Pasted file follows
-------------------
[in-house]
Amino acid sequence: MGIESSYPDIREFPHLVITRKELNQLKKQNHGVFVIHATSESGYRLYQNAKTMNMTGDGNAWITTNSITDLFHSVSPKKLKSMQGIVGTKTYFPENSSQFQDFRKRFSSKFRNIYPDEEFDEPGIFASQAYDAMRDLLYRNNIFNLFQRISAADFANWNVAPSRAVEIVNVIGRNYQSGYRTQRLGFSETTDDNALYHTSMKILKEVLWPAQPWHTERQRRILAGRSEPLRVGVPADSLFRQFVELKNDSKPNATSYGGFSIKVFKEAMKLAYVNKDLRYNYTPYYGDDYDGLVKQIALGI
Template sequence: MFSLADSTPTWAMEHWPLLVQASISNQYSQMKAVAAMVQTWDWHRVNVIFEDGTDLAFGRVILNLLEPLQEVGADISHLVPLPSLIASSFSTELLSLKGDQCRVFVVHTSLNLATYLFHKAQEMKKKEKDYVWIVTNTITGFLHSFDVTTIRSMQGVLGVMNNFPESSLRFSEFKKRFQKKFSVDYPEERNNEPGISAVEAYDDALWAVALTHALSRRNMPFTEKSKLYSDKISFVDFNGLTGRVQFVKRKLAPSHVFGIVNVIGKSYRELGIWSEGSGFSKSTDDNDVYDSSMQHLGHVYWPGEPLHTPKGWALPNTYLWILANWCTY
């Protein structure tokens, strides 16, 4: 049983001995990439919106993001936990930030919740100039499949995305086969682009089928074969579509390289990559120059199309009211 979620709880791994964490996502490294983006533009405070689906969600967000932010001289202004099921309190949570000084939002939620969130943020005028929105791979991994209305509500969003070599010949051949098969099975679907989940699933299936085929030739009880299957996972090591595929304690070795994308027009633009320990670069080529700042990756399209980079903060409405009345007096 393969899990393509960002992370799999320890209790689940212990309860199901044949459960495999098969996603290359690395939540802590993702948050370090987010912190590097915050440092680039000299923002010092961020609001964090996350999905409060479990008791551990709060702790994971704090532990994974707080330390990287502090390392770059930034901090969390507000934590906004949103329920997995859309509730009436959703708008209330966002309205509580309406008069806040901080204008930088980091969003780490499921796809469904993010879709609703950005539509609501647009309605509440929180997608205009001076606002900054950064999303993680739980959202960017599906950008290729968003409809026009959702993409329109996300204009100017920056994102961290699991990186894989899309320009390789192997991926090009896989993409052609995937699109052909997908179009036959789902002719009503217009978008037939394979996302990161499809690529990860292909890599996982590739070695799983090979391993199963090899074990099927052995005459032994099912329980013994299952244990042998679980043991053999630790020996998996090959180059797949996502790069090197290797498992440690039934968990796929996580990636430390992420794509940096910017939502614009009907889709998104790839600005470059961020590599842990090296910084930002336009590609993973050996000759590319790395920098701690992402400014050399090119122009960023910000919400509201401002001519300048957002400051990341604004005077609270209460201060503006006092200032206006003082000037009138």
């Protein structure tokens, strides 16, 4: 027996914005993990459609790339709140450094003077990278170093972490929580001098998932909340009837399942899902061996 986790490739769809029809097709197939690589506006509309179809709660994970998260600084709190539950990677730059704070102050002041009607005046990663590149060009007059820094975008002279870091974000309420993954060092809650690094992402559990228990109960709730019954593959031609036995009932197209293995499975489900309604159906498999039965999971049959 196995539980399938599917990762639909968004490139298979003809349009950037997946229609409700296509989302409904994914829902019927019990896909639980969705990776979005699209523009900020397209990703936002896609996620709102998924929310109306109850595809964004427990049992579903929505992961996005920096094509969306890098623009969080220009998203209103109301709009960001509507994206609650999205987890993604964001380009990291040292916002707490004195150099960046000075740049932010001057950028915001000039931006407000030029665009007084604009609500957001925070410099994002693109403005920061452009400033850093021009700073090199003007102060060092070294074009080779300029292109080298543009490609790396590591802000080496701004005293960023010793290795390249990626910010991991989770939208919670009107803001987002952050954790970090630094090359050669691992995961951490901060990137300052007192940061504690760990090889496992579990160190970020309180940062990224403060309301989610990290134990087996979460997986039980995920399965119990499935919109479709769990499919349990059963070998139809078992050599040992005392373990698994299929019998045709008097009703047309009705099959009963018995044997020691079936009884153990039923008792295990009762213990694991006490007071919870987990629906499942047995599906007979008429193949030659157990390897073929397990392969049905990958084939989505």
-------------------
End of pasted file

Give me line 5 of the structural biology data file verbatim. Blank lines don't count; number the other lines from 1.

């Protein structure tokens, strides 16, 4: 027996914005993990459609790339709140450094003077990278170093972490929580001098998932909340009837399942899902061996 986790490739769809029809097709197939690589506006509309179809709660994970998260600084709190539950990677730059704070102050002041009607005046990663590149060009007059820094975008002279870091974000309420993954060092809650690094992402559990228990109960709730019954593959031609036995009932197209293995499975489900309604159906498999039965999971049959 196995539980399938599917990762639909968004490139298979003809349009950037997946229609409700296509989302409904994914829902019927019990896909639980969705990776979005699209523009900020397209990703936002896609996620709102998924929310109306109850595809964004427990049992579903929505992961996005920096094509969306890098623009969080220009998203209103109301709009960001509507994206609650999205987890993604964001380009990291040292916002707490004195150099960046000075740049932010001057950028915001000039931006407000030029665009007084604009609500957001925070410099994002693109403005920061452009400033850093021009700073090199003007102060060092070294074009080779300029292109080298543009490609790396590591802000080496701004005293960023010793290795390249990626910010991991989770939208919670009107803001987002952050954790970090630094090359050669691992995961951490901060990137300052007192940061504690760990090889496992579990160190970020309180940062990224403060309301989610990290134990087996979460997986039980995920399965119990499935919109479709769990499919349990059963070998139809078992050599040992005392373990698994299929019998045709008097009703047309009705099959009963018995044997020691079936009884153990039923008792295990009762213990694991006490007071919870987990629906499942047995599906007979008429193949030659157990390897073929397990392969049905990958084939989505």